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Next morning, some time after sunrise, the song began again. Sedit answered, and followed it. Then it ceased; he stopped again; then the song began a second time; he followed; the song ceased. The song circled around the mountain, going a little higher gradually; sometimes it was near, sometimes it seemed far away, but he never came up to it.

After wandering ten days, perhaps, he reached the top of the mountain by going round and round the side of it. The singing was in the mountain now all the time. He was on the highest part of Kele's sweat-house. Kele, his twenty sons, and two daughters were inside, and the girls and old man knew that some one was walking on the roof of their sweat-house. Kele's sons went out each morning, and so did his daughters. Although they were many, Sedit never saw one of them,--they fooled him. At last, when Sedit was on the mountain, Kele shouted,--

"If any one is on my house, let him go down to the western door of it."

Sedit heard, and went back the way by which he came. He went to Pom Piweki and asked: "Do you know where the door to this sweat-house is?"

Pom Piweki made no answer. He stood up and pulled open a door; it seemed as though he had been lying across the entrance. When he opened the door, Sedit saw far into the house.

"Sedit, if you are here to go in, this is the way for you," said Pom Piweki. "You will see an old man lying on the east side, go to him and talk; this is his sweat-house."

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Sedit went in and sat down near Kele, said nothing. Kele rose up and gave Sedit food, talked to him, told him what kind of person he, Kele, was, and about his children, and said: "Sedit, if you have come here to stay, you must do what I tell you; you must be careful. I have rough sons; if they know that you are here, they will make trouble. I will hide you. They will make a noise, but you will not suffer if you keep quiet; if you move, they will find you, and abuse you, surely."

Kele put Sedit in a basket in the ground, hid him there, leaving a small hole to look through. "You may look out, but do not move," said Kele.

As soon as Sedit was hidden the girls came in with roots, and sat down at their sleeping-place. Sedit was near them. He thrust out his hand and pinched the younger sister. She said nothing.

"Sister, have you seen any one?" asked she, after a time; "some one pinched me."

"`Sh!" said the elder, "be quiet and say nothing; don't let our father hear."

The elder went to cook, and Kele's twenty sons came hammering and tramping.

The first ten, the smooth ones, came, as always, quietly; the second ten came with a rush and an uproar. Sedit peeped out at them.

The younger sister pushed him back. "Be still," said she.

Sedit tried to rise; she kept him down.

The first man of the second ten cried, "Pshu! I smell Sedit."

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The second said, "Pshu! I smell Sedit; throw him out!"

"Be quiet, boys; don't talk so," said Kele. "Sedit is your uncle."

"Phew! I smell Sedit," cried all the second ten.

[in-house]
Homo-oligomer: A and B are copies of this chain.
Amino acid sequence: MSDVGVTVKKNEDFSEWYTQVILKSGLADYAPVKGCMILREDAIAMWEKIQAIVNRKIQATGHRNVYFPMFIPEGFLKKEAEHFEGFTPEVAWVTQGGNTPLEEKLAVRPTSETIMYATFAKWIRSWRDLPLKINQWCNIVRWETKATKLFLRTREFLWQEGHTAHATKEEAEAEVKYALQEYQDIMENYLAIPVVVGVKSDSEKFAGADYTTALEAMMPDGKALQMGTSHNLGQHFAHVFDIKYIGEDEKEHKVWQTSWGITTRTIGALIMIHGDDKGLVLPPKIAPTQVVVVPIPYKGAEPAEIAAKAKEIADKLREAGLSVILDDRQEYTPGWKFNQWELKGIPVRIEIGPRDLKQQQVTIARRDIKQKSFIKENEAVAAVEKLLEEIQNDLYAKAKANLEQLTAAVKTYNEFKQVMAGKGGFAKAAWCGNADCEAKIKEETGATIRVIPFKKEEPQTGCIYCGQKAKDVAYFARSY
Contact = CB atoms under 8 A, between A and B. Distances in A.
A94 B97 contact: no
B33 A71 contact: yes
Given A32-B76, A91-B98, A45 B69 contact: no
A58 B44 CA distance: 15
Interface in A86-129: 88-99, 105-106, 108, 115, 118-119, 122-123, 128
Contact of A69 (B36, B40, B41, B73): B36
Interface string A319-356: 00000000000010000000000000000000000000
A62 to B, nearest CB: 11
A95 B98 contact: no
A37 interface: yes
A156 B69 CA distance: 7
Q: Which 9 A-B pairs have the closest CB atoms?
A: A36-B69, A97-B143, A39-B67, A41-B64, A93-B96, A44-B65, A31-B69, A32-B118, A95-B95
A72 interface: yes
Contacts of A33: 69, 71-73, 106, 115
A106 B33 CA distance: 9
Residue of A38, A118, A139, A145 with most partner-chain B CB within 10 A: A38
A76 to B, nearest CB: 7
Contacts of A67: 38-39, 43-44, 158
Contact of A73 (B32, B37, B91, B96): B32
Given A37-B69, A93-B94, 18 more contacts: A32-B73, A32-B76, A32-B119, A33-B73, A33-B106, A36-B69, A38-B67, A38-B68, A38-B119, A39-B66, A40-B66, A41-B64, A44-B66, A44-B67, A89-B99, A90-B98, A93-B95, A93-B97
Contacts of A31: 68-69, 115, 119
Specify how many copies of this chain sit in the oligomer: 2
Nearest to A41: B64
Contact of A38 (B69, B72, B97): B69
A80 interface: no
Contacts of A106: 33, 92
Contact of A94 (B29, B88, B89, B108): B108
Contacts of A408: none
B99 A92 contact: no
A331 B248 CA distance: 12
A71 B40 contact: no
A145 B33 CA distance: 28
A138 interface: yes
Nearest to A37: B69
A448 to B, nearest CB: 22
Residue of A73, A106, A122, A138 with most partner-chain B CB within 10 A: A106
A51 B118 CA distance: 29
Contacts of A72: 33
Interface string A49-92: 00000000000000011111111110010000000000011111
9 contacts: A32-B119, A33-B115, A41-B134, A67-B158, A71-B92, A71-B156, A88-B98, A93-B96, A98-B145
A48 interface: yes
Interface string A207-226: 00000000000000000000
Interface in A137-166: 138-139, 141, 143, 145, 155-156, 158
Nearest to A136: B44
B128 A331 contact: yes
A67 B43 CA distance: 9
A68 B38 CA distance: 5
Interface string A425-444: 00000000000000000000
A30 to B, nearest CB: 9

Kele could hardly keep his sons from taking Sedit. After they had eaten they grew more excited. "Where is Sedit?" cried they. "Let us find Sedit!"

At last they found Sedit, dragged him out, played ball with him, threw him around the whole night from one side of the great house to the other. Kele could do nothing, could not stop them. He went and lay down. About sunrise Sedit screamed. He was almost dead. Kele's ten rough sons were covered with deer blood and shouted all night. The smooth ten sat still, could do nothing against the rough ten.

About sunrise Sedit could hardly breathe. He had a root under his left arm, and as he was hurled across the house it fell into the fire and made a great smoke. The odor was very pleasant. Kele's sons liked it. They threw Sedit back to where they found him, left him, and began to breathe in the smoke.

"My sons," said Kele, "I told you last night not to hurt or harm Sedit; let him alone. That root which he dropped will be good for you, and hereafter you will like it. Future people when going to hunt will take this root, tsarauhosi, hold it out, and say, 'Kele, give us deer.' They will give you the root, and you will give them deer. When they go

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hunting and have bad luck, they will make a fire, burn this root, hold it out while it smokes, and say, 'Kele, will you put deer where we can see and kill them?'" (Wintu hunters carry this root and burn it if they have bad luck in finding deer. Kele likes the odor and sends them deer). Kele rubbed Sedit with deer marrow, put him on the west side of the sweat-house, and said, "This is your place; you will stay here."

The boys went to hunt, the girls to dig roots as before.

"How did you get those sons, brother?" asked Sedit once.

"You have no need to know; I will not tell you," replied Kele.

"How did you build this house? Two old men should not live in one house. If I had a house, your sons could visit me when they wished, see their uncle's house, and stay all night, perhaps."

"I don't think you could have sons, Sedit, or keep a house. I don't believe you have strength for it; these things are hard to do," said Kele.

But Sedit talked on about sons and a sweat-house. Kele asked Sedit to sing for his sons while they danced and sweated. He sang twice and sang fairly. "I could sing well if I had a house and sons of my own," remarked Sedit.

"I will build a sweat-house for him," thought Kele, at last. "He may go through as I have. I don't think he will, but I can let him try."

The next night Kele made all sleep soundly. He went north a short distance and wished for a sweat-house.